Mamalita: An Adoption Memoirby Jessica O'Dwyer
This gripping memoir details an ordinary American woman’s quest to adopt a baby girl from Guatemala in the face of overwhelming adversity. At only 32 years old, Jessica O’Dwyer experiences early menopause, seemingly ending her chances of becoming a mother. Years later, married but childless, she comes across a photo of a two-month-old girl on a
This gripping memoir details an ordinary American woman’s quest to adopt a baby girl from Guatemala in the face of overwhelming adversity. At only 32 years old, Jessica O’Dwyer experiences early menopause, seemingly ending her chances of becoming a mother. Years later, married but childless, she comes across a photo of a two-month-old girl on a Guatemalan adoption website and feels an instant connection. From the get-go, Jessica and her husband face numerous and maddening obstacles. After a year of tireless efforts, Jessica finds herself abandoned by her adoption agency; undaunted, she quits her job and moves to Antigua so she can bring her little girl to live with her and wrap up the adoption, no matter what the cost. Eventually, after months of disappointments, she finesses her way through the thorny adoption process and is finally able to bring her new daughter home. Mamalita is as much a story about the bond between a mother and child as it is about the lengths adoptive parents go to in their quest to bring their children home. At turns harrowing, heartbreaking, and inspiring, this is a classic story of the triumph of a mother’s love over almost insurmountable odds.
A scathing critique on a foreign adoption system and the harrowing account of one woman’s attempt to fight it.
—Kirkus Reviews, August 15, 2010
“On one level, Mamalita is the story of a woman's fight to bring home her Guatemalan-born daughter, in the face of huge obstacles. But Jessica O'Dwyer has written more than an adoption story. Her book explores the nature of parenthoodthe fierce love and loyalty that makes it possible for us to do more than we ever knew we were capable of, inspired by the presence of more love than we knew we had to give. It's a terrific adventure story with an unlikely heroine who discovers, through her fight for her child, that she is stronger and braver than she ever knew. I was rooting for her all the way through to the book's gripping and deeply moving ending.”
Joyce Maynard, author of Labor Day, At Home in the World, To Die For
Debut memoir about trying to adopt a Guatemalan child amid the adversity of a corrupt system.
"I've never given birth," writes O'Dwyer, "but I know the exact moment when I became a mother: 10:00A.M., September 6, 2002"—the moment she and her husband sat in a hotel lobby, awaiting the infant girl they hoped to adopt. Yet this celebratory moment was soon overshadowed by the corrupt Guatemalan adoption system. The author recounts her initial naiveté, how she and her husband shelled out vast amounts of money to adoption facilitators and notarios in order to assist them in wading through the red tape of a foreign adoption. Yet nearly two years and thousands of dollars later, O'Dwyer and her husband remained no closer to their goal. Rather than continue her transcontinental flights, the author quit her job and moved to Antigua to focus on her daughter's adoption full time. This decision led her into the dark side of adoption, a seedy terrain in which she was forced to weave through the barbs of a system set up to exploit the most money and resources from potential parents. Armed only with her elementary-level Spanish, she was forced to rely on a small band of trustworthy Guatemalan officials and potential American mothers struggling through the same experience. Her obsessive quest was constantly hampered by paperwork, signatures, DNA tests and countless other bureaucratic pitfalls. But despite the tragic circumstances, the optimistic author tells a hopeful tale in which she viewed every procedural misstep as a step leading her closer to her daughter.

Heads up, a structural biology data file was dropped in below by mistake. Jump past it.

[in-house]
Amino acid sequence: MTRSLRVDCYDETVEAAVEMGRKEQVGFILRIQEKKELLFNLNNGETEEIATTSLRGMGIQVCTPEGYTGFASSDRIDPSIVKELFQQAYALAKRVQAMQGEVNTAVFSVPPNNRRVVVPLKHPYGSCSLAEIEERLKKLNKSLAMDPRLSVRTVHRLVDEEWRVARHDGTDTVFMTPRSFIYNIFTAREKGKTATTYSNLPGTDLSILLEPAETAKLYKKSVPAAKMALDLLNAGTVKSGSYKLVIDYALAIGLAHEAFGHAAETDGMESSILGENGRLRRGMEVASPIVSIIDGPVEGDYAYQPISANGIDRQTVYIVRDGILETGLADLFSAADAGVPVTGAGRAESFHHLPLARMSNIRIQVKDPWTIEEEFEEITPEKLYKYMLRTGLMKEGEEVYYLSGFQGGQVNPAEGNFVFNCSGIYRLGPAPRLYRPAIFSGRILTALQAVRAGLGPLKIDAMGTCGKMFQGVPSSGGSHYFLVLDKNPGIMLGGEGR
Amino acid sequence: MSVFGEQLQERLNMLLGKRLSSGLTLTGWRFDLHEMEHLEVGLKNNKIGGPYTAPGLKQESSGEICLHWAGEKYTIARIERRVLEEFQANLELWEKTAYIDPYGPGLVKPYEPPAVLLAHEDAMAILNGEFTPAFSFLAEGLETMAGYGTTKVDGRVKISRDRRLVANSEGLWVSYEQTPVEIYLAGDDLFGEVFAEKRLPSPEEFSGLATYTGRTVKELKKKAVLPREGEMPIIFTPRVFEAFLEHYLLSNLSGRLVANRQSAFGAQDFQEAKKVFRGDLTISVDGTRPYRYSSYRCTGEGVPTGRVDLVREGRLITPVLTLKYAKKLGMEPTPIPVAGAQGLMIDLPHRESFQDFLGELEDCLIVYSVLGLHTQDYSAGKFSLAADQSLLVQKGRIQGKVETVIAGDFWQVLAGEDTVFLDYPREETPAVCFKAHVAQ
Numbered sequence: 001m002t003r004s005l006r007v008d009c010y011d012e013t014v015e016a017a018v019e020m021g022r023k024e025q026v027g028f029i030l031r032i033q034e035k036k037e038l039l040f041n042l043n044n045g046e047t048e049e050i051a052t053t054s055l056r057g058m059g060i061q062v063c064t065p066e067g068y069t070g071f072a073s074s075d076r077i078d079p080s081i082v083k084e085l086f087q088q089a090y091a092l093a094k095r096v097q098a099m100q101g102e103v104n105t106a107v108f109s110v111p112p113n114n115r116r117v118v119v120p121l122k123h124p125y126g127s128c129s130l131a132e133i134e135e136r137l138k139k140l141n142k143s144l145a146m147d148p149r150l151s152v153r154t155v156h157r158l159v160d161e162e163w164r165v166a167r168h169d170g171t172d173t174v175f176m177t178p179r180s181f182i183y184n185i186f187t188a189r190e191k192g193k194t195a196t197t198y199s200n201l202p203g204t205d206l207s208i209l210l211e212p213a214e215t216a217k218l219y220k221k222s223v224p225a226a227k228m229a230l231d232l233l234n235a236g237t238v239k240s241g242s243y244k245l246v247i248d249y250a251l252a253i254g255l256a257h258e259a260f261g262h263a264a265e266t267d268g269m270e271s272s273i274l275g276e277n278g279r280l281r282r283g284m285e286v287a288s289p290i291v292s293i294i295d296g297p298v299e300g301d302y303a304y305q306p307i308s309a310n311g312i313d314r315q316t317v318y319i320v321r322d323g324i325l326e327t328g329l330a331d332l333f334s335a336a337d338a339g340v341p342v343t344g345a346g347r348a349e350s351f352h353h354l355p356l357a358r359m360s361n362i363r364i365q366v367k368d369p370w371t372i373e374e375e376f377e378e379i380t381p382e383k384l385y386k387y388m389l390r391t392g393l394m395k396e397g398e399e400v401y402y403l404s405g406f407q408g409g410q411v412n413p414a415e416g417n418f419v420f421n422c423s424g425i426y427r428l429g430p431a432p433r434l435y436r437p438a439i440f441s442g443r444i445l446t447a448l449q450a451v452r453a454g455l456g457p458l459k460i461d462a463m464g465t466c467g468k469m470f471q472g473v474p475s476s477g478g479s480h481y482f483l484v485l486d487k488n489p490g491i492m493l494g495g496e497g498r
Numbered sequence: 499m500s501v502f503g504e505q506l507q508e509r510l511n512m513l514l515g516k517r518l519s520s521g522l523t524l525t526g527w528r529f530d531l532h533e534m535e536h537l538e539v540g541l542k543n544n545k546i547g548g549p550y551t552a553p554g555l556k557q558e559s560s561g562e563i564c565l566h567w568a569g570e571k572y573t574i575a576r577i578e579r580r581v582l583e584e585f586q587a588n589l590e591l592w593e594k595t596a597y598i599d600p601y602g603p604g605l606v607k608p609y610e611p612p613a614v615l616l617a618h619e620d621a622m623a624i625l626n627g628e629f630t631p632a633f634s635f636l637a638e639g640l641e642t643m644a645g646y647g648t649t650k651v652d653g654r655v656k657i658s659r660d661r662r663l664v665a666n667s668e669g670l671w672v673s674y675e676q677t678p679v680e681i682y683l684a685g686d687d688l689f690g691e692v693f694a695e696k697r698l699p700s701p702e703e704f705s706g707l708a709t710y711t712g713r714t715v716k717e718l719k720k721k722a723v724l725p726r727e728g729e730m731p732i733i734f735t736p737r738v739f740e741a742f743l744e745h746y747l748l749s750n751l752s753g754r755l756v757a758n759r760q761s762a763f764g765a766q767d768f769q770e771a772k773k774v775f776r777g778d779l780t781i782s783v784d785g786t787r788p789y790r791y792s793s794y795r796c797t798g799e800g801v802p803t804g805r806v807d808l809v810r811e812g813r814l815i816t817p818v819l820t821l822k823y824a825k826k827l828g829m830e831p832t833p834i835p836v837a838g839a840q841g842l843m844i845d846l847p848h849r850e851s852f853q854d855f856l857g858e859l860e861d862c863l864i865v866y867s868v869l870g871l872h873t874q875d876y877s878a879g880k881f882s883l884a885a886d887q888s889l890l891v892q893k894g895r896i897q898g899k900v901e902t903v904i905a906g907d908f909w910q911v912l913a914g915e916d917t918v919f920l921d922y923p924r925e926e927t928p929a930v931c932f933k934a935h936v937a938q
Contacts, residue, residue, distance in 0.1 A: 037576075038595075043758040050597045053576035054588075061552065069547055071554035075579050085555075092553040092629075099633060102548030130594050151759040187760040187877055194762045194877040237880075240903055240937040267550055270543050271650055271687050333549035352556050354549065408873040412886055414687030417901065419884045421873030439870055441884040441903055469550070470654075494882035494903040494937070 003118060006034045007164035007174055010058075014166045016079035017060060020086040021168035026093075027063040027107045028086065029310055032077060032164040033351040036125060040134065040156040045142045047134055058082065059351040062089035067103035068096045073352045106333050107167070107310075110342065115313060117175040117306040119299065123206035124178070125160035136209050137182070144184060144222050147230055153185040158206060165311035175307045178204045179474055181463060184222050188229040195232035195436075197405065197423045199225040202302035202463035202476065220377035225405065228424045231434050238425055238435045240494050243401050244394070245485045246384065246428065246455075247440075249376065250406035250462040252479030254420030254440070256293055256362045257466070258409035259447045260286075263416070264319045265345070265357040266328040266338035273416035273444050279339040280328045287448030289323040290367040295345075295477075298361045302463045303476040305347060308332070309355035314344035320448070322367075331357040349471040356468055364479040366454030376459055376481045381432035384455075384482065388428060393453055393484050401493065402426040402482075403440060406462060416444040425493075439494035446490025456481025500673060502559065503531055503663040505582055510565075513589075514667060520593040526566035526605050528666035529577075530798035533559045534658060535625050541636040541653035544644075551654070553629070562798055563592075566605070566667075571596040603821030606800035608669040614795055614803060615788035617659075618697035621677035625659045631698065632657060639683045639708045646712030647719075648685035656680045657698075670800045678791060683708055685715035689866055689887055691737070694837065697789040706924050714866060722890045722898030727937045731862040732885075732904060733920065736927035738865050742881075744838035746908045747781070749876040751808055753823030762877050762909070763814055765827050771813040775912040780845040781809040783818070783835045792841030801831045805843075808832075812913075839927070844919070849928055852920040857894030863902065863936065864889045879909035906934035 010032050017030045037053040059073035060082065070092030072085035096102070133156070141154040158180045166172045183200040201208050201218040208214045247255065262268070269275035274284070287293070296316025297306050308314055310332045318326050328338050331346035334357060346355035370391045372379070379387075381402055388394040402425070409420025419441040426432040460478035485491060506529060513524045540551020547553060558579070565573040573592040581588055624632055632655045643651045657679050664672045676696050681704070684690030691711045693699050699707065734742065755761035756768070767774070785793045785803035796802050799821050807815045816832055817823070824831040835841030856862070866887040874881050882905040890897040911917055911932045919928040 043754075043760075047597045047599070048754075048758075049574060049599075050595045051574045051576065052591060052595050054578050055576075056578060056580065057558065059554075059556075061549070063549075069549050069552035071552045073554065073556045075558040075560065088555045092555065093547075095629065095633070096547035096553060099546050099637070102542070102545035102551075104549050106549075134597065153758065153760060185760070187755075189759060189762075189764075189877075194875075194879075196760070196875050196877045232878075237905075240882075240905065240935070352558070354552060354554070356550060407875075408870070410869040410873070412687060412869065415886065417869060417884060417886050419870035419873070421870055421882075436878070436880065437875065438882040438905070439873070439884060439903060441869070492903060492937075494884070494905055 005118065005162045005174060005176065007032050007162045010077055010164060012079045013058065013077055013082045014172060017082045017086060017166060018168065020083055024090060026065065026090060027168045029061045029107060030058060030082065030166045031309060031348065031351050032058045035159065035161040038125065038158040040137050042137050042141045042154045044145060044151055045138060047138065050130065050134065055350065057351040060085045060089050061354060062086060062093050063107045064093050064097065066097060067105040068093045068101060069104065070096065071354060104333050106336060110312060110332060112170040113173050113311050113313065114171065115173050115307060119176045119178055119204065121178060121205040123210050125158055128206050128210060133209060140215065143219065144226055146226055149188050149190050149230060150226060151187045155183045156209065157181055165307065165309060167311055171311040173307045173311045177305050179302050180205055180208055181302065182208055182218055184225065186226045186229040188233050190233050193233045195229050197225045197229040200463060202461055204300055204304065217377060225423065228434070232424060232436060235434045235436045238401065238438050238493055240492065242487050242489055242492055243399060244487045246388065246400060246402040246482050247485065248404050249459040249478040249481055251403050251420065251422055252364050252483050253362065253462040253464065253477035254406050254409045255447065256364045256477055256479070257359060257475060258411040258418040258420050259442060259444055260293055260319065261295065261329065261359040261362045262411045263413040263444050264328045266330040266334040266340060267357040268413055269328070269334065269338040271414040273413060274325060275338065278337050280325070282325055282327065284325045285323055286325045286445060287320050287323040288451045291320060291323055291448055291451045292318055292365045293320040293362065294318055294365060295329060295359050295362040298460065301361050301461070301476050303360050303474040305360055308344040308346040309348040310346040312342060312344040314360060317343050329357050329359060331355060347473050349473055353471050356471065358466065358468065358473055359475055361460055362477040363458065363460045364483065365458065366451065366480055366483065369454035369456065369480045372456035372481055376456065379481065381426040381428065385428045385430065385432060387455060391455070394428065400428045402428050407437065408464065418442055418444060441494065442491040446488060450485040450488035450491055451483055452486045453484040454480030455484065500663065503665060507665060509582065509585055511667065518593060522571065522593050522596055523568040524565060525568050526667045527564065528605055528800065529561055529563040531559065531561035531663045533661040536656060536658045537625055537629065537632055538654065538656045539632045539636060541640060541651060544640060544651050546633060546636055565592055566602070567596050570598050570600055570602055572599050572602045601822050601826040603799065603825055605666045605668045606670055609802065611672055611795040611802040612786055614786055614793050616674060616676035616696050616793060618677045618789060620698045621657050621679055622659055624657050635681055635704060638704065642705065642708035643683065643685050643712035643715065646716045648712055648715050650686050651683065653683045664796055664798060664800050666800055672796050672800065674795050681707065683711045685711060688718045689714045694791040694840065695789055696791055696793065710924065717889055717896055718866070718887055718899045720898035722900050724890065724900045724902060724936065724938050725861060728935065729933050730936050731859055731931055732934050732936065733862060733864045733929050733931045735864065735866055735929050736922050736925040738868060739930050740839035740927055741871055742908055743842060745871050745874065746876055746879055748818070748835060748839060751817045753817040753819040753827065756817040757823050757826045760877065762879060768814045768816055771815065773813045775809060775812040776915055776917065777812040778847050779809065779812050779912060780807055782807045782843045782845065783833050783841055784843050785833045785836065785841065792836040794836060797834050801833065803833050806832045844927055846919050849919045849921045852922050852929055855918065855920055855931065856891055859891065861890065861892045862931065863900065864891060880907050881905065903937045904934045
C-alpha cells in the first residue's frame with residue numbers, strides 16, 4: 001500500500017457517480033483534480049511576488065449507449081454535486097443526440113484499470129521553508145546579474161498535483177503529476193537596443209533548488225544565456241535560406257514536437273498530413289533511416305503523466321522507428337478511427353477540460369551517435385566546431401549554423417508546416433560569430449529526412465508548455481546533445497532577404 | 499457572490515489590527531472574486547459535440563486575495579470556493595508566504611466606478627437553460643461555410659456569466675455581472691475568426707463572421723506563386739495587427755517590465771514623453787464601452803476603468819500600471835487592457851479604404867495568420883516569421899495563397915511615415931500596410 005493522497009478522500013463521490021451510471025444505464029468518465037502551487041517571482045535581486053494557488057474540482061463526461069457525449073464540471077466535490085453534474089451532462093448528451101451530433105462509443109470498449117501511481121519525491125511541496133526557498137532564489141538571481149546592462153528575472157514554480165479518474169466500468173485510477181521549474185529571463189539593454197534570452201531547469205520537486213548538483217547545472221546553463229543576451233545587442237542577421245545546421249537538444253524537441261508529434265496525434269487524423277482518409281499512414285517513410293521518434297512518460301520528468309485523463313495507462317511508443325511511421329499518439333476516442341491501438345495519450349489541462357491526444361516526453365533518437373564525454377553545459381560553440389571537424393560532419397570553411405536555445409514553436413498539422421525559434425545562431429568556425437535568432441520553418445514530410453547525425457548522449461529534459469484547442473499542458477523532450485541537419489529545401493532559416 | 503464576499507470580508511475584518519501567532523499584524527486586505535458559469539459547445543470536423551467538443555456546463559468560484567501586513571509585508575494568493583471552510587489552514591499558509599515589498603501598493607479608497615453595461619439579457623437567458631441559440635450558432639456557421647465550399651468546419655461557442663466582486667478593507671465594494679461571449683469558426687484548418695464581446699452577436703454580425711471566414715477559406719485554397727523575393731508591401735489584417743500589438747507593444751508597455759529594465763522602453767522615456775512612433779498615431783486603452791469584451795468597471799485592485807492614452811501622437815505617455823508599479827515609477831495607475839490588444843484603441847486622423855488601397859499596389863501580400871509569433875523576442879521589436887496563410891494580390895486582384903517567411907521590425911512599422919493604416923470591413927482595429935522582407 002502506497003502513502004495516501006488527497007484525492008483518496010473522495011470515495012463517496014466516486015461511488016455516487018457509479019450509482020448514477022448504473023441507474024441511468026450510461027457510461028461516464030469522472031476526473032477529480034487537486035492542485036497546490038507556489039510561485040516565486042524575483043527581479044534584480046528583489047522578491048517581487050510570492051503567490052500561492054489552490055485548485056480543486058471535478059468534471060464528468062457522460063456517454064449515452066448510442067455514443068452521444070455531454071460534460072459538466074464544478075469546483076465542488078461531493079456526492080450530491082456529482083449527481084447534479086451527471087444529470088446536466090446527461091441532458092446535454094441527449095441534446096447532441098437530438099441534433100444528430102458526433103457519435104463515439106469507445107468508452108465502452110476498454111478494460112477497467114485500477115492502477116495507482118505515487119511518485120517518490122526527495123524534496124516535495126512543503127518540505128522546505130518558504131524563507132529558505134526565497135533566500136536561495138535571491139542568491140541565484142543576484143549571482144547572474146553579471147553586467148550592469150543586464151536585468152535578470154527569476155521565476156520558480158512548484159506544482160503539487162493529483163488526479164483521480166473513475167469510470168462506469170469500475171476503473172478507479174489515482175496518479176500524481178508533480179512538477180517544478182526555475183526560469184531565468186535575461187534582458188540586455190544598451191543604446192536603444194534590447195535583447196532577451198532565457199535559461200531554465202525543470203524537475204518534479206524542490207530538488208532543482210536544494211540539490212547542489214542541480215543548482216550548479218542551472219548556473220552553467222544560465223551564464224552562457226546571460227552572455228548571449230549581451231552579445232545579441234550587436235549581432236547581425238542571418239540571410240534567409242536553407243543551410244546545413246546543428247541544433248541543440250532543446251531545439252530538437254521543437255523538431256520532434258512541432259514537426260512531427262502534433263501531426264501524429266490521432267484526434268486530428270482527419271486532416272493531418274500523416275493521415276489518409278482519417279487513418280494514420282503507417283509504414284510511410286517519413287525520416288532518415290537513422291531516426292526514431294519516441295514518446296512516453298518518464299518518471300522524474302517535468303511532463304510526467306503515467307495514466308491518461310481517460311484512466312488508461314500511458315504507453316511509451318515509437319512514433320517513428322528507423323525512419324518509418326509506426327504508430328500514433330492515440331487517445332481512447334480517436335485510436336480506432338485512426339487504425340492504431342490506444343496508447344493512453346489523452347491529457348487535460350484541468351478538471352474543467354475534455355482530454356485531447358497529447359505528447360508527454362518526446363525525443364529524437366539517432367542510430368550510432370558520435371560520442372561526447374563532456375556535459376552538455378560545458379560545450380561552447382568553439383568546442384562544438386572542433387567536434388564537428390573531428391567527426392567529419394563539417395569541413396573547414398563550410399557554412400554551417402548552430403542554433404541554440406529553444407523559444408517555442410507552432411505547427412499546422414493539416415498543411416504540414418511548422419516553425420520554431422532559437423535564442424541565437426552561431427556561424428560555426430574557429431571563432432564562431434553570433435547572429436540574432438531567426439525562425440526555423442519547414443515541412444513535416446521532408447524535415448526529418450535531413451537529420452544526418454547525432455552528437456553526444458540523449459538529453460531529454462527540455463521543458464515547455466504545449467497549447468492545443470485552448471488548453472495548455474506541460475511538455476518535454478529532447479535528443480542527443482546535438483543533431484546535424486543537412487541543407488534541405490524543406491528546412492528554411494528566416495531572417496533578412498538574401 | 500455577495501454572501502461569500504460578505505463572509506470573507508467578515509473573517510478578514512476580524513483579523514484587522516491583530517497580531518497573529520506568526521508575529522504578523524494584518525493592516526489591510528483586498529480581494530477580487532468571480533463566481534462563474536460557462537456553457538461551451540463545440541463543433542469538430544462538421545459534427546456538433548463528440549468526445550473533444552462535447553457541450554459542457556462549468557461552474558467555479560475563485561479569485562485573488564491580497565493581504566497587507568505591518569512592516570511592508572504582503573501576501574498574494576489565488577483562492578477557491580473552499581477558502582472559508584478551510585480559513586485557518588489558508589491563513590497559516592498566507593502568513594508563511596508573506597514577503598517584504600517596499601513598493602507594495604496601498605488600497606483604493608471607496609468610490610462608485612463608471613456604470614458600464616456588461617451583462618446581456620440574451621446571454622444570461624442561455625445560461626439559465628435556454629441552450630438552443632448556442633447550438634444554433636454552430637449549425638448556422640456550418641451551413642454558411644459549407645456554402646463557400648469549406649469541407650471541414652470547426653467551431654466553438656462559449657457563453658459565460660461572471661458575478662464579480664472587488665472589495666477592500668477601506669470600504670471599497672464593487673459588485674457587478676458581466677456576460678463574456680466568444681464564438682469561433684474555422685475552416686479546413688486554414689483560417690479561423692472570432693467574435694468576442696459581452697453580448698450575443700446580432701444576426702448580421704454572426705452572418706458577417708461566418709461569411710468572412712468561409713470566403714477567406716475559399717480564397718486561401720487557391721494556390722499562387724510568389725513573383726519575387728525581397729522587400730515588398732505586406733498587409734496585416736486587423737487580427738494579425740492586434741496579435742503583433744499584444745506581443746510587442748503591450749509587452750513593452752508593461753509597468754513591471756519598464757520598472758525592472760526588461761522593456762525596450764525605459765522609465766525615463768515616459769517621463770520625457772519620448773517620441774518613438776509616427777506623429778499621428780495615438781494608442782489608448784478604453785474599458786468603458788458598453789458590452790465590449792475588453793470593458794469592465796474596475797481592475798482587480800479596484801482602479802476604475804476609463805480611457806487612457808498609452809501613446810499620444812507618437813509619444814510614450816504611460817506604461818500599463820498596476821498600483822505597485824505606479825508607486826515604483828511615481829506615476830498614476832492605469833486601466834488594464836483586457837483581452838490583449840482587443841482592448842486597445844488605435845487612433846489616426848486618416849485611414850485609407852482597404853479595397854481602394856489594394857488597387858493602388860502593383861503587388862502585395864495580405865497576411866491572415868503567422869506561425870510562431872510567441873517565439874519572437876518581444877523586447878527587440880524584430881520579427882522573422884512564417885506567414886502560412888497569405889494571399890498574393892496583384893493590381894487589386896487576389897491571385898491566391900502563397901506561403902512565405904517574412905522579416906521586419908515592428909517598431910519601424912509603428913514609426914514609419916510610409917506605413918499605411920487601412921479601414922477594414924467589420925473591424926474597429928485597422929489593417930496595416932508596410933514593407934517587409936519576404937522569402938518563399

A scathing critique on a foreign adoption system and the harrowing account of one woman's attempt to fight it.
- Da Capo Press
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- 8.48(w) x 11.30(h) x 0.87(d)
Meet the Author
Jessica O’Dwyer is the adoptive mother to two children born in Guatemala. Her essays have been published in the San Francisco Chronicle Magazine, Adoptive Families, and the Marin Independent Journal; aired on radio; and won awards from the National League of American Pen Women. She has worked in public relations and marketing at the San Francisco Museum of Modern Art, the Los Angeles County Museum of Art, and the Museum of Contemporary Art San Diego, and has also taught jazz dance and high school English.
Jessica is a member of the Left Coast Writers and Writing Mamas, sponsored by Book Passage. A graduate of the University of Delaware, Jessica lives with her husband and children in the San Francisco Bay Area. Mamalita is her first book.
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